Mike Gordon/Leo Kottke
Sixty Six Steps


I was quite surprised when I read, about three years ago, of a soon-to-be-released CD featuring tracks composed and jointly performed by Leo Kottke and Mike Gordon: your typical "musicians' musicians" (sadly, an endangered species in this day and age), both - each in his own way - original figures in the US landscape. Maybe the last of the "modern traditionalists", starting from the early 70s (an era when he also recorded on John Fahey's label, Takoma) Kottke is one of the few "self-sufficient" 6- and 12-string acoustic guitar players whose work can be said to sound traditional, but not tired or stale; he has a discography of respectable size; while fans of Rickie Lee Jones fondly remember his playing on Traffic From Paradise (1993). Quite popular on a mass scale, Mike Gordon was for twenty years the bass player in Phish, one of the most successful concert attractions of the 90s; his versatile, distinctive bass playing style needs no introduction; while his love for country and bluegrass is well-known; it was his love for this kind of music that made him get in touch with Kottke - one of his favourite musicians ever - and which ultimately produced their first collaborative CD, Clone.

Clone didn't disappoint, proving to be a subtle and airy album (even though, given the times, its appeal was by definition bound to be of the "highly selective" kind). The two musicians managed to overcome the biggest obstacle, i.e. how to integrate an individual bass style into a personal finger-picking style without making things banal and without introducing incongruous elements in the mix. After the agile opening track (Arko), they showed they could easily find a nice balance: check Car Carrier Blues, From Pizza Towers To Defeat, The Collins Missile, Disco, June, Middle Of The Road, Whip. The only (and ultimately minor) problem became apparent after repeated listening sessions: a few episodes sounded so representative of each musician's individual dimension (Gordon: Clone and Clay; Kottke: I Am A Lonesome Fugitive) as to sit a bit uneasily among the rest, so demonstrating there was still work to be done if the pair was to achieve a more fluid amalgam.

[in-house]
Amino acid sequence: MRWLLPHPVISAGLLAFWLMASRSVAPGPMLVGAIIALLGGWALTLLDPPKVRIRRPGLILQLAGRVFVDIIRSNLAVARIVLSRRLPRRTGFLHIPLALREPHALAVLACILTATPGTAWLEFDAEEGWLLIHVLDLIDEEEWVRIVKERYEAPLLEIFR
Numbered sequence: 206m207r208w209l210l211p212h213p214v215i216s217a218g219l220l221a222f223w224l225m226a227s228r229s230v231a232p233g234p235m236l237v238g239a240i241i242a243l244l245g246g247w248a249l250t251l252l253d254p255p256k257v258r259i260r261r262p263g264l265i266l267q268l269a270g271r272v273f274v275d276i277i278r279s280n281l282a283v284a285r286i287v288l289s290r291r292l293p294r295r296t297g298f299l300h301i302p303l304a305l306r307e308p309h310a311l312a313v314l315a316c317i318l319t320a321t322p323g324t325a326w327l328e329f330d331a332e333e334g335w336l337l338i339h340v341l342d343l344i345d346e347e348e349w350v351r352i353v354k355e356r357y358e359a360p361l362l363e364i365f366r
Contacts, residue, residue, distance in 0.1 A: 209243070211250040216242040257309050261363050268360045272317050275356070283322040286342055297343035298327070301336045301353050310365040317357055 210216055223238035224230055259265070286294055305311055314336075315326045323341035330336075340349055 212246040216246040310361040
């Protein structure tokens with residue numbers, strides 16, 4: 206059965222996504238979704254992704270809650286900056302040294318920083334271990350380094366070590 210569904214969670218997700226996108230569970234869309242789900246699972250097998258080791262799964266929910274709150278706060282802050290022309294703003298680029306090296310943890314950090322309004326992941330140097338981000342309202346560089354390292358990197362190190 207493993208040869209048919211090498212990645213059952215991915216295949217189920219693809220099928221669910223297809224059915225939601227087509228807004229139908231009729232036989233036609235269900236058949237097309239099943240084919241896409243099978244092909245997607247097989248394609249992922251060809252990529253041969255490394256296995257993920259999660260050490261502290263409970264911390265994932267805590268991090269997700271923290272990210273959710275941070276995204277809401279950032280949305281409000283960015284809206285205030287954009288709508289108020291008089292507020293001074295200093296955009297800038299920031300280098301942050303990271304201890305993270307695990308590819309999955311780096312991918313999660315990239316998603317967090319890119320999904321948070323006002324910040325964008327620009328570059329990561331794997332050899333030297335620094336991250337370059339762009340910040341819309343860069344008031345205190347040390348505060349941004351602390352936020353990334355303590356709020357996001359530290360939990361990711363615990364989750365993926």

I'm glad I can say that Sixty Six Steps shows the problem has been left behind. It goes without saying that their identities are as easy to recognize as their voices (Kottke's baritone, Gordon's thin, almost hesitant style); but using a nice calypso (The Collins Missile) from their previous album as their starting point, Gordon and Kottke have given Sixty Six Steps a unifying musical theme that's a big part of the album's considerable charm.

Rehearsed in Costa Rica, recorded at the famous Compass Point Studios in Nassau, Bahamas, the album makes good use of the fantastic percussive abilities of Neil Symonette, always very agile and inventive in his use of tempos and timbres - listen to his performance on the opening track, Living In The Country; his rhythmic accents on Balloon; and to the almost-funky Can't Hang. We also have three covers: besides the already mentioned, Pete Seeger's-penned Living In The Country, we have (are you ready?): Oh Well, Peter Green's hit single with (early) Fleetwood Mac (check Then Play On, 1969); and Aerosmith's mega-hit, Sweet Emotion; both very good, with intricate arrangements.

Gordon offers nice songs such as The Grid and The Stolen Quiet; also the country-sounding Over The Dam and the uptempo Can't Hang, both of which wouldn't have sounded out of place on an album by Phish (such as Billy Breathes); from Phish's live repertory comes the famous Ya Mar. Besides the already-mentioned covers, Kottke sings Rings and Balloon, plays a nice slide on From Spink To Correctionville and generally proves himself to be perfectly at ease playing besides such a lively percussionist (if I'm not mistaken, this is a first for Kottke).

I could say more, but I really believe Sixty Six Steps to be one of those records that each listener will have a lot of pleasure discovering on his/her own.

Beppe Colli

© Beppe Colli 2005

CloudsandClocks.net | Sept. 19, 2005